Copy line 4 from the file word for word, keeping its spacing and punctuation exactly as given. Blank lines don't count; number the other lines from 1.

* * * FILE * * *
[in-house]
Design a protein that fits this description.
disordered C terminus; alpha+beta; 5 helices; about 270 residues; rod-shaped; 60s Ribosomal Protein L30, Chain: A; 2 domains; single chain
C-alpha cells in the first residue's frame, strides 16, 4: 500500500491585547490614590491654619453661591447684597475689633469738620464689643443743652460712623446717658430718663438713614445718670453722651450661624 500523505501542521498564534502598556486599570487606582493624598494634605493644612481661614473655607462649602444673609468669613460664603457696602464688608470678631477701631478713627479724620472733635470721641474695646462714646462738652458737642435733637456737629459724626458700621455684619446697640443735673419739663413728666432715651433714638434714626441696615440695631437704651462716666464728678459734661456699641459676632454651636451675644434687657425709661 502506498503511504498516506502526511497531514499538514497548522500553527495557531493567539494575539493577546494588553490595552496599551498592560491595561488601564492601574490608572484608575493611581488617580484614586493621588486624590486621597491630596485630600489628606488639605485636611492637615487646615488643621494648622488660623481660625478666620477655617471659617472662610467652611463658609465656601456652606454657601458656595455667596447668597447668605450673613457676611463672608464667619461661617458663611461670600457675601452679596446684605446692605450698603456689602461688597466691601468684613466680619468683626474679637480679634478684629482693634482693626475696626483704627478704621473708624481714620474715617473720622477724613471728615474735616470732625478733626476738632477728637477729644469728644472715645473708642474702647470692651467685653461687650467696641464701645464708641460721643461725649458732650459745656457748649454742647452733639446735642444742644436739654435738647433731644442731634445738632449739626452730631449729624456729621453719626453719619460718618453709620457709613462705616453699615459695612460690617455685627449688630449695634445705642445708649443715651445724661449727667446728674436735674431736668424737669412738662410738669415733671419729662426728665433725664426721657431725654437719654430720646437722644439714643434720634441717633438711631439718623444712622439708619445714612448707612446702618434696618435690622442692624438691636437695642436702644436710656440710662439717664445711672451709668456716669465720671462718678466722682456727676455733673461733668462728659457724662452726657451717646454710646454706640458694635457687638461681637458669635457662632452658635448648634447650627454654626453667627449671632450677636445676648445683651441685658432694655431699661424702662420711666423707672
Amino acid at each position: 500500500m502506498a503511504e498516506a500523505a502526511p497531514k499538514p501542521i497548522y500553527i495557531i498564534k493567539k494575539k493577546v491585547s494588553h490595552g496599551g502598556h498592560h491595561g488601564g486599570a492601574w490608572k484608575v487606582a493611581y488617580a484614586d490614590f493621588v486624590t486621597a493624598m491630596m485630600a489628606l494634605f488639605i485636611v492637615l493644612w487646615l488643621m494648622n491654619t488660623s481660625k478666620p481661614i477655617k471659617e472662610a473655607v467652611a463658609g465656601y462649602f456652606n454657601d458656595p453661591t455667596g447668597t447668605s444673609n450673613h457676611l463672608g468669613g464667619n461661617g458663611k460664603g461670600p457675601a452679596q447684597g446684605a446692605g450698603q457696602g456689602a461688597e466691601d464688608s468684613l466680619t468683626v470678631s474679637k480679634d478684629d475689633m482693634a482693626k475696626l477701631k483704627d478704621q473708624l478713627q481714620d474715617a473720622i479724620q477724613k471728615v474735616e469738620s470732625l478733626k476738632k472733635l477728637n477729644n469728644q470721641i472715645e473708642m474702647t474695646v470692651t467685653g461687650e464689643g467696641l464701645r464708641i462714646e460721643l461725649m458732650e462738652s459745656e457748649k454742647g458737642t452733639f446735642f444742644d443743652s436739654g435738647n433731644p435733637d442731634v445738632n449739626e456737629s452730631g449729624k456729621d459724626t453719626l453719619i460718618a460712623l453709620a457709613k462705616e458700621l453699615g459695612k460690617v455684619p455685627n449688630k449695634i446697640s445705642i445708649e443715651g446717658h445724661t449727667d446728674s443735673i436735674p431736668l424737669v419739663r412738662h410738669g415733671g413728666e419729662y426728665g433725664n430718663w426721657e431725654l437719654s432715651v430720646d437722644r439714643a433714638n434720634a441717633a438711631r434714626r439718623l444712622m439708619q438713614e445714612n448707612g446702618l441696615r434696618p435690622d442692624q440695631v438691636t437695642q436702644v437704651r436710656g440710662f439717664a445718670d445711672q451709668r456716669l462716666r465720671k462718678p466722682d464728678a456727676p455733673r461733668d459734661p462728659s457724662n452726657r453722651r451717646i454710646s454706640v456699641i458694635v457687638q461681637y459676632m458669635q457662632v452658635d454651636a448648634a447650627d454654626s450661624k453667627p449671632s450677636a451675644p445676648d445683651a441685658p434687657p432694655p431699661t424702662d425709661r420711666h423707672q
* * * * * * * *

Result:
C-alpha cells in the first residue's frame, strides 16, 4: 500500500491585547490614590491654619453661591447684597475689633469738620464689643443743652460712623446717658430718663438713614445718670453722651450661624 500523505501542521498564534502598556486599570487606582493624598494634605493644612481661614473655607462649602444673609468669613460664603457696602464688608470678631477701631478713627479724620472733635470721641474695646462714646462738652458737642435733637456737629459724626458700621455684619446697640443735673419739663413728666432715651433714638434714626441696615440695631437704651462716666464728678459734661456699641459676632454651636451675644434687657425709661 502506498503511504498516506502526511497531514499538514497548522500553527495557531493567539494575539493577546494588553490595552496599551498592560491595561488601564492601574490608572484608575493611581488617580484614586493621588486624590486621597491630596485630600489628606488639605485636611492637615487646615488643621494648622488660623481660625478666620477655617471659617472662610467652611463658609465656601456652606454657601458656595455667596447668597447668605450673613457676611463672608464667619461661617458663611461670600457675601452679596446684605446692605450698603456689602461688597466691601468684613466680619468683626474679637480679634478684629482693634482693626475696626483704627478704621473708624481714620474715617473720622477724613471728615474735616470732625478733626476738632477728637477729644469728644472715645473708642474702647470692651467685653461687650467696641464701645464708641460721643461725649458732650459745656457748649454742647452733639446735642444742644436739654435738647433731644442731634445738632449739626452730631449729624456729621453719626453719619460718618453709620457709613462705616453699615459695612460690617455685627449688630449695634445705642445708649443715651445724661449727667446728674436735674431736668424737669412738662410738669415733671419729662426728665433725664426721657431725654437719654430720646437722644439714643434720634441717633438711631439718623444712622439708619445714612448707612446702618434696618435690622442692624438691636437695642436702644436710656440710662439717664445711672451709668456716669465720671462718678466722682456727676455733673461733668462728659457724662452726657451717646454710646454706640458694635457687638461681637458669635457662632452658635448648634447650627454654626453667627449671632450677636445676648445683651441685658432694655431699661424702662420711666423707672